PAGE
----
What is it?
A 48-page distillation of Evil Hat Productions’ Fate Core RPG
What’s the deal?
What makes it cool?
Fate Core can handle virtually any “fiction-first” story you want to tell. By that I mean you say what you’re doing based on your concept of your character and then figure out how to model it, instead of consulting your character sheet to see what mechanical options you have. Fate Core is brilliant, but for me it’s too big a book, with too many options (“dials”) for its proposed play style. I’ve never run it. (I have played it a few times.) What I have run and played the hell out of is Fate Accelerated (FAE), which is near-perfect for seamless, cinematic storytelling.
FAE is a subset of the Core rules, stripped of all the dials, suggestions, and even skills. What’s left are Aspects, which are phrases that describe who you are; and Approaches, which describe how you do things.
Aspects might be “Last of a Damned Warlock Clan” or “The Fastest Gun in Portland, Maine.” You get just five, so pick carefully. Aspects give you permission to do things. If you’re the Last Warlock, you can cast spells. If you’re the Gunslinger, well, you get it. Can you do a thing? If it seems likely based on your aspects, yes! Simple, and fun.
Spend one of your few Fate Points to “invoke” an Aspect. Failed your Quick roll to shoot first? Invoke Fastest Gun to add +2 or roll again. The GM can also “compel” Aspects to complicate life, giving you one of their Fate Points for your trouble. Fastest Gun? People challenge you, just for the glory. Aspects and Fate Points bend the story around the PCs, making these key facets of your story matter.
Players quickly discover that the narrative turning against them (compels) charges them up for taking control of it later (via invokes). It’s amazing how quickly they start suggesting terrible things that might happen—that’s encouraged, by the way. It’s a collaborative game, so players can also suggest compels for each other, too.
Approaches replace skill ratings in FAE. “How are you approaching this task?” “I have high Flashy, so, flashily?” Nope, you have to describe how Flashy applies. Leaping a barricade? Easy! “I soar Flashily over the barricade, my red cloak swirling, drawing all eyes.” Picking a lock flashily? Maybe. Good players get surprisingly creative at justifying Approach choices. The GM and table decide if it seems fun, or if it’s bullshit. In FAE, you want people to find crazy ways to shine, though. My table rarely calls bullshit—cheers are much more frequent.
Default approaches are Careful, Clever, Flashy, Forceful, Quick & Sneaky, rated from from 0 to 3. Numbers are low, because Fate Dice give low results. You roll four six-siders with two blank faces, two minuses, and two plusses each. Results are from -4 to +4, on a bell curve, to which you add your chosen approach rating. +3 is a lot here.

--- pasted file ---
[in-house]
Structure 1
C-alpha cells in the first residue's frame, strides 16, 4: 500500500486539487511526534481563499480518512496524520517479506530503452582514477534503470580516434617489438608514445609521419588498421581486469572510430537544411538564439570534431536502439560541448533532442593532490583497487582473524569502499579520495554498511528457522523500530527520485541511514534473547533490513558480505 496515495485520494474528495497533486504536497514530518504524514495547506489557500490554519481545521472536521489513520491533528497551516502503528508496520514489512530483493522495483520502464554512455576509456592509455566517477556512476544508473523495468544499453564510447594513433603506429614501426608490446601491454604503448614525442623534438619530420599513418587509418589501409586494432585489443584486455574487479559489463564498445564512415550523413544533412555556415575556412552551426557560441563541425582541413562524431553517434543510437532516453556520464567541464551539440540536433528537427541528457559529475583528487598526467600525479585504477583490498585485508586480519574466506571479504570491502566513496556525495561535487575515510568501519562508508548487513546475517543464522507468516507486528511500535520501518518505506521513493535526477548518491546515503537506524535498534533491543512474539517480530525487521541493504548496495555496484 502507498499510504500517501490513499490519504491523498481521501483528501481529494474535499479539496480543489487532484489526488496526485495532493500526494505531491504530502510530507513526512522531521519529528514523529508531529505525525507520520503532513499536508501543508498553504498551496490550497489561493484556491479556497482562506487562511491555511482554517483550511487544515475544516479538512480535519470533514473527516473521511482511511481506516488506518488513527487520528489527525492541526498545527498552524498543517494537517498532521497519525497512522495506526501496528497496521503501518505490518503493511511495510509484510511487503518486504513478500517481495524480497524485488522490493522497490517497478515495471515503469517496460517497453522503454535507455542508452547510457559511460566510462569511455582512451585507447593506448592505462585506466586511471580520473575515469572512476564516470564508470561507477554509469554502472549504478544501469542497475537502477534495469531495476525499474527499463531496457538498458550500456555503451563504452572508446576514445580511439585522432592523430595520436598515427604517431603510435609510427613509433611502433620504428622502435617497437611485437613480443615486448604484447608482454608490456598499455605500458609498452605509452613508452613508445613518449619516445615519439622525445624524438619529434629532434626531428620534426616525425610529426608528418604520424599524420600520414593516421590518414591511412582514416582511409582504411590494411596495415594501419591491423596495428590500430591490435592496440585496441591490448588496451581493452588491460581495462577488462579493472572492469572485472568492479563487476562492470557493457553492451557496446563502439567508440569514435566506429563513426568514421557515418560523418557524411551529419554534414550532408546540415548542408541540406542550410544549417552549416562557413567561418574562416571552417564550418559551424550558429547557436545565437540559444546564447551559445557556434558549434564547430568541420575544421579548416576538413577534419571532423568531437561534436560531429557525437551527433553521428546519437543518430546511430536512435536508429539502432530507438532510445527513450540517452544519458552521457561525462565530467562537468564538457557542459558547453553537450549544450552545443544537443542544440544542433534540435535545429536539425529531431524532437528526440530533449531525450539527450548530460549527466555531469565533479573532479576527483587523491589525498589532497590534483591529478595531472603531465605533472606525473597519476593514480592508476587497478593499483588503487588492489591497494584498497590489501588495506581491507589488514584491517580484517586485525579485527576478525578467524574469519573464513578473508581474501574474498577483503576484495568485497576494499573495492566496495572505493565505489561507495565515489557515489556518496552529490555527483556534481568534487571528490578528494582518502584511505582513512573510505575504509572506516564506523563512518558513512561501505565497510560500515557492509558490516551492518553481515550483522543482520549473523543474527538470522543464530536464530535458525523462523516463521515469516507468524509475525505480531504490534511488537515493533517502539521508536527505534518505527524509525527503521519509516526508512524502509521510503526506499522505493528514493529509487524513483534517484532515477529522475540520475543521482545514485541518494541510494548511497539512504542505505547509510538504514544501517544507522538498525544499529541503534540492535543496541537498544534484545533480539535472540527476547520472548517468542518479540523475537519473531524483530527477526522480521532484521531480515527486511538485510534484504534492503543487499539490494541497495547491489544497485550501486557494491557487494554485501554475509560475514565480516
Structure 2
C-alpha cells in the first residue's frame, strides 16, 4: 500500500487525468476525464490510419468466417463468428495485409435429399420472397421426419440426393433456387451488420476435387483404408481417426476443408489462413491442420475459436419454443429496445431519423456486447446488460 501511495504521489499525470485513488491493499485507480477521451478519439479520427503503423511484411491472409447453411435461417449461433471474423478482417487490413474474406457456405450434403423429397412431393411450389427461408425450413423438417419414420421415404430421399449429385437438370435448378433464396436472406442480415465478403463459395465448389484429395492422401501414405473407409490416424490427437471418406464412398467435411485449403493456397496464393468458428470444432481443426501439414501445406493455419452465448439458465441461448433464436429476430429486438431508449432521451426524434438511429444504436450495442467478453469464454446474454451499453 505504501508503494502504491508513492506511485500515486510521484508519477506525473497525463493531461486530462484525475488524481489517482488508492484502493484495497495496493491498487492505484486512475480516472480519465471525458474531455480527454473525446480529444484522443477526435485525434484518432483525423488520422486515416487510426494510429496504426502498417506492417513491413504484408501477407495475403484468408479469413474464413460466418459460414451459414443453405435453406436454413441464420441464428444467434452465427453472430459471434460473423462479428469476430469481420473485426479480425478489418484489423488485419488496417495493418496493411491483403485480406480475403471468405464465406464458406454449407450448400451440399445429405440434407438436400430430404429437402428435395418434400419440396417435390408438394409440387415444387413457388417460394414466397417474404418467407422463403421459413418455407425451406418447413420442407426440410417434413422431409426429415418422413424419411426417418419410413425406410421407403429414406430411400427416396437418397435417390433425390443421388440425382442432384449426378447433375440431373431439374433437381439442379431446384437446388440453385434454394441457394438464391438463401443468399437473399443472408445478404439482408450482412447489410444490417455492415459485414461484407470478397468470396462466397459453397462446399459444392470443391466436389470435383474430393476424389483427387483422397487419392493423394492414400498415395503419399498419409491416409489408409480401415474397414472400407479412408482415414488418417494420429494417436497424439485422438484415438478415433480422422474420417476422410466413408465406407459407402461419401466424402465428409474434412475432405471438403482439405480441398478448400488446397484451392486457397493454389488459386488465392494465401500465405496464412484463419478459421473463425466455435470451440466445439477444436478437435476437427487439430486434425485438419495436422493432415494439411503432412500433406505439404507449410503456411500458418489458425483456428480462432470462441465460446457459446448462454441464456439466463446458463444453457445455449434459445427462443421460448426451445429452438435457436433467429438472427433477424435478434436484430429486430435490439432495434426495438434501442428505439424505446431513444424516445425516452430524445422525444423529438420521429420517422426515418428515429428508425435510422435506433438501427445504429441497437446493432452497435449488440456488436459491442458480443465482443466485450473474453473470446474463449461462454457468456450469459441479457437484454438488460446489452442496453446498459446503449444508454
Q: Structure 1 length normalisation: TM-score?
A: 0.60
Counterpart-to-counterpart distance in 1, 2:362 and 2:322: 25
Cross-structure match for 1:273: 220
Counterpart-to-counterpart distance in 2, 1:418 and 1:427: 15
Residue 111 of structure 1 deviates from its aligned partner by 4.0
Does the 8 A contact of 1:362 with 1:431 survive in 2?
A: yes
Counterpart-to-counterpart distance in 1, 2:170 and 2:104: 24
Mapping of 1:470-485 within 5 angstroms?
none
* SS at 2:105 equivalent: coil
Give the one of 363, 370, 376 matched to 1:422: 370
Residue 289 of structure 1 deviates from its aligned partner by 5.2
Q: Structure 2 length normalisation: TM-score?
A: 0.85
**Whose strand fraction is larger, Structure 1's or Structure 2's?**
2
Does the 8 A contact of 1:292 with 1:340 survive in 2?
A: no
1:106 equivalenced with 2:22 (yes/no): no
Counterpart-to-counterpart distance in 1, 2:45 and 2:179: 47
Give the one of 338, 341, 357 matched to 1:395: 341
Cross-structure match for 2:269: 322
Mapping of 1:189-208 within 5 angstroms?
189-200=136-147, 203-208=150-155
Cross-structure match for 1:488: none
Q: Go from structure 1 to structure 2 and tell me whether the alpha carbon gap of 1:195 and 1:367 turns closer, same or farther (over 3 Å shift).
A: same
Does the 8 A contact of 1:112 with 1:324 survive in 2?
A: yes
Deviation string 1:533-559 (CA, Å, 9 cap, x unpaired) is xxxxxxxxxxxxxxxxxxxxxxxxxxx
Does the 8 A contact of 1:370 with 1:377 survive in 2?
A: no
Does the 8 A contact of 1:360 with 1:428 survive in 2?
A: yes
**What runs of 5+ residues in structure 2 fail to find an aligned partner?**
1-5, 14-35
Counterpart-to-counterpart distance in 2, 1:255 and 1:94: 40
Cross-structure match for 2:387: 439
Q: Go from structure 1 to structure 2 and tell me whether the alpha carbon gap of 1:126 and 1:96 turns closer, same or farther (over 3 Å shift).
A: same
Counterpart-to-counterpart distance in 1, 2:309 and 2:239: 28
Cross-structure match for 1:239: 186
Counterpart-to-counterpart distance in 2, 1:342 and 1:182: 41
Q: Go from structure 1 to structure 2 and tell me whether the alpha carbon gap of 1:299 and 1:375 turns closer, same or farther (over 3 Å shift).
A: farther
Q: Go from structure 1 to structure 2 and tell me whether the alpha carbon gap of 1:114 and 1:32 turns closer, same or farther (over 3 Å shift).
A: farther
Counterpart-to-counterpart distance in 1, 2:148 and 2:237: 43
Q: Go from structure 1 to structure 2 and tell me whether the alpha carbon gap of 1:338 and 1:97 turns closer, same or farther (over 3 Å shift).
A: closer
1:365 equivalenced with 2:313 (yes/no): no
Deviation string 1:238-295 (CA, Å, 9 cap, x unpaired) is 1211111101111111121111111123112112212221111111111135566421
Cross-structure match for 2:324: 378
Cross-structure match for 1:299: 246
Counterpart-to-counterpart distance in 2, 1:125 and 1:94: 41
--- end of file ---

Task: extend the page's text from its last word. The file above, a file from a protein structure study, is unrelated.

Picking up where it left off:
You roll against the GM or target numbers. Combat is simple; your damage is the amount by which you beat your opponent’s roll. You only have a few stress points and then you get worsening conditions, which are really compellable temporary Aspects (see above). A minor condition might be “I Got My Bell Rung.” A major one might be “Utterly Disgraced.” You get three before you’re taken out of play. It’s quick but satisfying.
You can also Create an Advantage, taking a turn to make a temporary Aspect you—or a teammate—can invoke later. Trying to break your foe’s confidence, you might first Sneakily sneer at her when no one else can see, giving the Aspect “Off Balance,” which you invoke for +2 when you Flashily attack with the Cut Direct next round.
That brings up my last—and favorite—thing to mention about FAE. Physical, social, mental—no matter what kind of conflict you’re modeling, all “damage” is tracked using same stress points and condition slots, making any kind of conflict not only possible but also fun.
You can run a wild duel or a mannered exchange of veiled insults at a formal banquet with equal ease. You could run a wild duel that is also an insult contest. If you’re looking for rules that enable you to take conflict beyond the cut and thrust of “I attack with my longsword,” FAE is for you. Games are about what they have rules for, and FAE’s rules can model just about anything.
There’s more to FAE, but those are the basics. It plays super-fast at the table, because all you need is your character sheet. In the last six months of play, I don’t recall anyone in my group ever pulling out the book to consult it in the heat of play, yet our game feels rich, immersive, and sharply defined. To me, that’s the mark of a great system.